In Re Gam Enterprises, Inc., Debtor.gabriel A. Maalouf, Appellant, v. Ford Motor Credit Company; Berkeley Bunker, Trustee, Appellees, 83 F.3d 427 (9th Cir. 1996)Annotate this Case
Submitted April 10, 1996. *Decided April 12, 1996
Before: HALL, THOMPSON, and RYMER, Circuit Judges.
Gabriel A. Maalouf appeals pro se the decision of the Bankruptcy Appellate Panel ("BAP") affirming an order of the bankruptcy court. The order clarified that legal claims once held by the GAM estate were abandoned to Maalouf as debtor-in-possession of his own bankruptcy estate and not to Maalouf personally. This decision eventually gave control of the legal claims to appellee Berkeley Bunker, the subsequently appointed trustee of Maalouf's estate. We have jurisdiction under 28 U.S.C. § 158(d). We review de novo the bankruptcy court's conclusions of law; the court's findings of fact are reviewed for clear error. See, e.g., Carroll v. Tri-Growth Centre City, Ltd. (In re Carroll), 903 F.2d 1266, 1269 (9th Cir. 1990). We will affirm.
Maalouf contends the bankruptcy court modified its original abandonment order rather than clarifying it. It is unclear whether this distinction matters but, in any event, we disagree. Because the original order made no sense, virtually any change would clarify the order without modifying substantive rights. Furthermore, because the unopposed motion on which the order was based was also ambiguous, we reject Maalouf's argument that the motion itself created any substantive rights.
Maalouf further contends the bankruptcy court erred by interpreting the original order as authorizing the abandonment of the claims to Maalouf as debtor-in-possession and not personally. In moving for clarification of the order, Trustee Bunker asserted that the parties had expected that he would pursue the claims at the time he was appointed in 1991. The trustee also asserted that, to the extent Maalouf had pursued the claims, he did so with funds from his estate. Maalouf filed no written opposition, and at the hearing on the motion he only disputed Bunker's latter assertion. Besides these assertions, no evidence was offered at the hearing. Because the bankruptcy court could therefore rely on the unchallenged assertion that the parties expected Bunker would pursue the claims, we find no clear error in the court's decision.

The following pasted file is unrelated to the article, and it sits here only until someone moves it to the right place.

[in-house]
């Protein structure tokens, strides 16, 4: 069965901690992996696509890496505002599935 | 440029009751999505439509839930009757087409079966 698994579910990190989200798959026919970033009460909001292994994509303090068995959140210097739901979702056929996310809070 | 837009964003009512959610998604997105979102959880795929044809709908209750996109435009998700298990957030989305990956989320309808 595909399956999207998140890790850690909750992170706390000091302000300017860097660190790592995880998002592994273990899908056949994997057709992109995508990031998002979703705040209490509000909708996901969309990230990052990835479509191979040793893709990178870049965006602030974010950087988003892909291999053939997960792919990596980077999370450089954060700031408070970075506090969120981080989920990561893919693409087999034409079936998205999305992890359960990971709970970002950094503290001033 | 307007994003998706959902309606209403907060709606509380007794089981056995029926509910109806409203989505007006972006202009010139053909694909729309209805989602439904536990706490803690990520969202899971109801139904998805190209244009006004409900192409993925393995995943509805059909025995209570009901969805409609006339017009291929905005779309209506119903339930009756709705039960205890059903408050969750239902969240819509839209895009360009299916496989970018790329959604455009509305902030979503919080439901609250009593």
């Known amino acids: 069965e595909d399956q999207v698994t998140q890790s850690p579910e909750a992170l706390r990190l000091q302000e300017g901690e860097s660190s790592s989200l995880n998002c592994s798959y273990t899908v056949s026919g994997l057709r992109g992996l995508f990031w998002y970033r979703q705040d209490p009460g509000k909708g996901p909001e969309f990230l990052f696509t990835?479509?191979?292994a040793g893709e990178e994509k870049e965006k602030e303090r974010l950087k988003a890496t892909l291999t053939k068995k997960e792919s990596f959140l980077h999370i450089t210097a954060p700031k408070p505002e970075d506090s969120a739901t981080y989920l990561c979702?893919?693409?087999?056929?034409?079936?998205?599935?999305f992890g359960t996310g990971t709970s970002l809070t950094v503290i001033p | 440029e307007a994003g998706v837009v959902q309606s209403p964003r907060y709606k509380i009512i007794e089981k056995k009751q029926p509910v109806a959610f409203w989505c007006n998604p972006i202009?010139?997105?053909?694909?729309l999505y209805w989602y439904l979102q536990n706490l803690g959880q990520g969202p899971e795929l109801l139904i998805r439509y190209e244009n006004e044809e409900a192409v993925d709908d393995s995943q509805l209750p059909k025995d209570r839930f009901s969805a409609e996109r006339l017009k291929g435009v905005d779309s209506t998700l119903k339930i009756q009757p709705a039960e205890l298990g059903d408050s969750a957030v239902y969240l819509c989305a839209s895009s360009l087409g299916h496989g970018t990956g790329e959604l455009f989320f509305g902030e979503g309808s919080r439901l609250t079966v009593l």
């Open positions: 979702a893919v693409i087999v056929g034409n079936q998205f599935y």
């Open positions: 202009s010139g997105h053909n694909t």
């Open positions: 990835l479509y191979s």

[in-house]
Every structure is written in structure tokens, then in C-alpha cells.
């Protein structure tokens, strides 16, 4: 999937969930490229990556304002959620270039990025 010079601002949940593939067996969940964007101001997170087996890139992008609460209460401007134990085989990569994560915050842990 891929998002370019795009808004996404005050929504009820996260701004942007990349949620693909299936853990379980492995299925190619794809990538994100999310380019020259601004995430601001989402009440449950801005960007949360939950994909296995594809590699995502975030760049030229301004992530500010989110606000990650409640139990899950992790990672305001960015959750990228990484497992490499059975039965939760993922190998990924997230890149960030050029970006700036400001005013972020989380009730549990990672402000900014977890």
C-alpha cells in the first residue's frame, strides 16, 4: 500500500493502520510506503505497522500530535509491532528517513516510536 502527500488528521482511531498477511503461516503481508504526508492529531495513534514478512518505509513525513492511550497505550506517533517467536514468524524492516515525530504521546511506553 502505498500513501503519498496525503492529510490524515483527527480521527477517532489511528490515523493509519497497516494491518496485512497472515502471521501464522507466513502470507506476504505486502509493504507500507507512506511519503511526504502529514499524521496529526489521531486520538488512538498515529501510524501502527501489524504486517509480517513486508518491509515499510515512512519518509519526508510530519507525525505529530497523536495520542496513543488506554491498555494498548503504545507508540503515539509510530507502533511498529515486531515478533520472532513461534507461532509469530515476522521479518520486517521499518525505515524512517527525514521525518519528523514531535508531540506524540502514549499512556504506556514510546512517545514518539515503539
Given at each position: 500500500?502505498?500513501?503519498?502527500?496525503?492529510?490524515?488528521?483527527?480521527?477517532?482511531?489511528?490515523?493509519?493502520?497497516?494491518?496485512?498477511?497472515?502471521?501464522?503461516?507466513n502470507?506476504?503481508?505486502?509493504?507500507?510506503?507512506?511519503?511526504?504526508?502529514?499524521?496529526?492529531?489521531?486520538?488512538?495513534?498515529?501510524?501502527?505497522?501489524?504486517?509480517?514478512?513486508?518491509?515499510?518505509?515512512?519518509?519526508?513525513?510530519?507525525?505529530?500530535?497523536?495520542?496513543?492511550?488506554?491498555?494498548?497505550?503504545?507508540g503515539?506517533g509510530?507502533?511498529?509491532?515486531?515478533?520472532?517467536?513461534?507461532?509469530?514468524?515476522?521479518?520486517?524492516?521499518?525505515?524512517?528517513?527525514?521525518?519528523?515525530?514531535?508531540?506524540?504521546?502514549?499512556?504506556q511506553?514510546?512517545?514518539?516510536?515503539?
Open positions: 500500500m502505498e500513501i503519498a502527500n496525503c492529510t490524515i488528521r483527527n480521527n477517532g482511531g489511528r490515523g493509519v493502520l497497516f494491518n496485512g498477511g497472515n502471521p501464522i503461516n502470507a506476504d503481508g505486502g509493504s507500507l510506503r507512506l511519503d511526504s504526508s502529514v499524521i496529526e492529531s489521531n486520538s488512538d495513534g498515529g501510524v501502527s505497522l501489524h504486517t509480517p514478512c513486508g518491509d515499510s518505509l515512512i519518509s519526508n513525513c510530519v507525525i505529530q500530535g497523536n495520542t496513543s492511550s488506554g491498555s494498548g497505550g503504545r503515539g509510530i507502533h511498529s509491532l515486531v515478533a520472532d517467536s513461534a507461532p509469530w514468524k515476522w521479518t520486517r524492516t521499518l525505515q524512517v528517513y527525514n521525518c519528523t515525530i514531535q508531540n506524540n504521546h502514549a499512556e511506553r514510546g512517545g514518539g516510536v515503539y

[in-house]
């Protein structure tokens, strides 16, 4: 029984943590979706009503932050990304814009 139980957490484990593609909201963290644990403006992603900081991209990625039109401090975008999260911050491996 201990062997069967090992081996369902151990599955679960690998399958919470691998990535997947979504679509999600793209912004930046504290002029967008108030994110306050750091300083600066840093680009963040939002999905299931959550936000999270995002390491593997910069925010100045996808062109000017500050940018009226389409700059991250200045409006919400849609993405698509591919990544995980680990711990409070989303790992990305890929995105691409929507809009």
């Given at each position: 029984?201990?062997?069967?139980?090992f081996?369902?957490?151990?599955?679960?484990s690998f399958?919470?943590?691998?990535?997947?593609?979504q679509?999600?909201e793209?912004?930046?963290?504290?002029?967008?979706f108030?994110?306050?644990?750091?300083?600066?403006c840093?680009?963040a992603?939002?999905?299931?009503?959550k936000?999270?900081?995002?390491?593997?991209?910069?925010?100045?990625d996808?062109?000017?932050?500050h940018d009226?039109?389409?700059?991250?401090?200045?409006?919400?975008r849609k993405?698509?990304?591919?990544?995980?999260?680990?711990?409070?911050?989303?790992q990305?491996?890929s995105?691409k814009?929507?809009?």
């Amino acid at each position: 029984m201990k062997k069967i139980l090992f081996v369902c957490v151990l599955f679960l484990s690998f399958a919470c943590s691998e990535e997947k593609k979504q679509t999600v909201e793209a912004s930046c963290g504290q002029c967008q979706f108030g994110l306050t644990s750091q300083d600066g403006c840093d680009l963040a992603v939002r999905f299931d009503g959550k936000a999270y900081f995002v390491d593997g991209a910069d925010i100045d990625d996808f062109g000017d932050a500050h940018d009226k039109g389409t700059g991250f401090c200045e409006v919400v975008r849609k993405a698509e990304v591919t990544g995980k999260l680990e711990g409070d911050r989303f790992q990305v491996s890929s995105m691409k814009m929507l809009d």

Maalouf also raises an argument originally made by the GAM estate trustee that the order only abandoned control over litigation and not the legal claims themselves. The original abandonment petition and order do not support this argument, and the GAM trustee offered no other relevant evidence at the hearing. To the extent Maalouf relies on evidence not presented at the hearing, we do not consider it. See, e.g., FSLIC v. Gemini Management, 921 F.2d 241, 243 n. 3 (9th Cir. 1990). Similarly, we cannot consider the several issues Maalouf raises that were not presented to the bankruptcy court, such as whether the legal claims should be settled and whether Trustee Bunker is somehow biased. See, e.g., Whittaker Corp. v. Execuair Corp., 953 F.2d 510, 515 (9th Cir. 1992). Indeed, these issues would not properly be part of this bankruptcy proceeding, which concerns the estate of GAM, not Maalouf. Accordingly, Maalouf's motion to file a supplemental excerpt of record relating to these issues is denied.
Maalouf has filed a motion for an order to show cause why Bunker and other entities should not be held in contempt of court. The basis for this motion is a statement made in Bunker's opposition to Maalouf's earlier request for a stay pending appeal in which Bunker indicated that settlement of the legal claims would not moot this action. Maalouf contends that this statement, in light of subsequent events, warrants sanctions. We disagree. Bunker did not represent that he would refrain from settling the case, and Maalouf had the opportunity to respond to Bunker's argument regarding the effect of settlement on this appeal. Accordingly, the motion for an order to show cause is denied.
Appellee Berkeley Bunker requests attorney's fees pursuant to Fed. R. Civ. P. 54(d), 9th Cir.R. 39-1.6, and Bankr.R. 8014. The request is denied because these provisions do not authorize fee awards, and this appeal does not warrant sanctions.
The panel unanimously finds this case suitable for decision without oral argument. Fed. R. App. P. 34(a); 9th Cir.R. 34-4. Accordingly, Maalouf's request for oral argument is denied
This disposition is not appropriate for publication and may not be cited to or by the courts of this circuit except as provided by 9th Cir.R. 36-3